With type 2 diabetes rising rapidly among teenagers, officials at Eli Lilly and Company in Indianapolis asked students of The Ron Rubin School for the Entrepreneur to study and suggest ways to reach the population and slow the progress of this chronic disease. On Dec. 10, the students came back with their recommendations.
Drake D’Ambra ’09 said he had been searching for the right vehicle to bring Culver Academies and Lilly together. Finding a way to slow down the spread of early onset diabetes in teens turned out to be that avenue.
Lilly has a long history in the treatment and management of diabetes. Dr. Tim Garnett, chief medical officer and senior vice president, told the students that Lilly was the first company to produce insulin on a large scale in 1922. Lilly has made other strides in the treatment of diabetes over the years and is awaiting approval on another.
D’Ambra and Hayes Barnes ’14 worked to bring The Rubin School students to company’s headquarters for the Lilly Challenge, a competition designed to see how four different teams would tackle the growing problem. The students initially visited the company in November to get their background information and tour the Indianapolis facility.
The winning team of Jacob Page ’20 (Granger, Ind.), Gianna Maroney ’21 (New Buffalo, Mich.) and Mary Cate Wright ’20 (South Bend, Ind.) offered a multi-pronged educational approach using YouTube and Instagram as vehicles to reach the targeted audience of 13-to-17 year olds.
Using celebrities that teens relate to, the short ad clips would spread awareness on the different aspects, such as the dangers and consequences of type 2 diabetes. The online formats are ideal since 76 percent of the targeted market is on Instagram and 85 percent are watching YouTube on a regular basis.
A realistic cost for the campaign would be $17 million for 10 YouTube and five Instagram advertisements over a six-month period.
Including proper nutrition in school curriculums was another avenue, the group suggested. One study they found said students were receiving only 3.5 hours of nutritional information per school year. But getting a more comprehensive nutritional program into schools may be more difficult since the curriculum is controlled at the state level, they said.
The judges selected the team of Hannah Fody ’19 (Granby, Colo.), Wentiao Ouyang ’19 (South Bend, Ind.) and Jack Schmedlien ’19 (Culver) as the runner-up. Looking a three-pronged approach, the group also targeted the internet as a primary resource for education.
The venture would develop an animated series featuring the super hero Buck. Designed for a younger audience, the series would feature Buck battling such villains as the Diabeasties, Dr. Flu, and Arthur Itis. The series could run on channels like PBSKids, Netflix, or Hulu.
The show would lend itself to the development of a game, memes, stories, and commercials. The memes could be targeted at teens, who would taking in the message as they make fun of the characters, they explained. In this case, there is no such thing as bad publicity, they suggested.
The estimated the cost of each episode to be approximately $1 million and a meme at $100 each. Liilly would be involved as a major sponsor of the show.
The popularity of the show could lead to food producers seeking a “Buck” certification, which could be placed on the labels. The character could also be used to introduce healthy recipes from different regions of the U.S. and around the world.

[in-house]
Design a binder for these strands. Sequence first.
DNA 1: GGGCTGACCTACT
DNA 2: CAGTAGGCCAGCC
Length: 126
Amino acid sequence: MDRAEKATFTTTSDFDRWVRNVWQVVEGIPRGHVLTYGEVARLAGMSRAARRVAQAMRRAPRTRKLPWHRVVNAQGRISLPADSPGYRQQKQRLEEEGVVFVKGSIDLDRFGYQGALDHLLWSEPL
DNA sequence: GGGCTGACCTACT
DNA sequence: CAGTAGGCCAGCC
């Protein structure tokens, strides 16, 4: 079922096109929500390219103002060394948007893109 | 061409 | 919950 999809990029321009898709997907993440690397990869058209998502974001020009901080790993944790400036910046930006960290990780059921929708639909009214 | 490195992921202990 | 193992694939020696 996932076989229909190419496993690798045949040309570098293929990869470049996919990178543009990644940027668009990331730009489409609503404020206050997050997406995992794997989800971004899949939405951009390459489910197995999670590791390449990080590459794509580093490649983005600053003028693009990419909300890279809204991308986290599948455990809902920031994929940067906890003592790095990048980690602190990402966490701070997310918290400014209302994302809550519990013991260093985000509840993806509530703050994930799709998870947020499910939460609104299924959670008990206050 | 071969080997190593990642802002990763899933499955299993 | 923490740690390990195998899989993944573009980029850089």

The first place team received Lilly backpacks and $1,000 from The Rubin School. Fifty percent of the cash award is to be designated to a local charity of the team members’ choice. The second place team received $500, with $250 to be designated for charity.
The team of Jiashu (Terry) Cheng ’22 (Beijing), Matthew Peterson ’20 (Scottsdale, Ariz.), and Ali Kwiecien ’19 (Plainfield, Ill.) proposed an athletic competition targeting teenagers called the Lilly Cup. They believed that controlling diet was out of most teenagers’ hands because of factors like income, parental control, and lack of access dictated much of what they ate. But exercise and other physical activities, which helps control some of the risk factors involved with diabetes, were in their control.
They suggested developing a program that emphasized participation and enjoyment rather than competition. It would be similar to intramural programs with Lilly supplying the necessary equipment to the participating schools and organizations. Sometime during the events, specialists could speak on issues associated with diabetes like exercise, nutrition, and prevention.
The team of Evelyn Frutkin ’21 (Cincinnati, Ohio), Zhengyi (Jenny) Song ’21 (Shanghai, China) and Isabelle Ahlenius ’20 (Knox, Ind.) offered the concept of cooking classes that would include meal kits that people could take home after each session. The classes could be targeted to teens, college students, and parents. They estimated the cost to be $10 per meals. The free meal package that would feed a family of four would serve as the incentive to come.
They also suggested Nudge Posters that would be placed at the point of purchase in grocery stores and school cafeterias. A study showed that using similar signs on grocery carts resulted in a 102 percent increase in the sale of good food choices.
Lilly officials said they were not looking for a “silver bullet” concept but they did want to hear a collection of ideas from students designed for students. The judges, Lilly department directors, used criteria ranging from how well a plan could be accomplished on a large scale; how realistic the proposed budgets were; and the ease of operation for rolling out the different plans in making their decisions.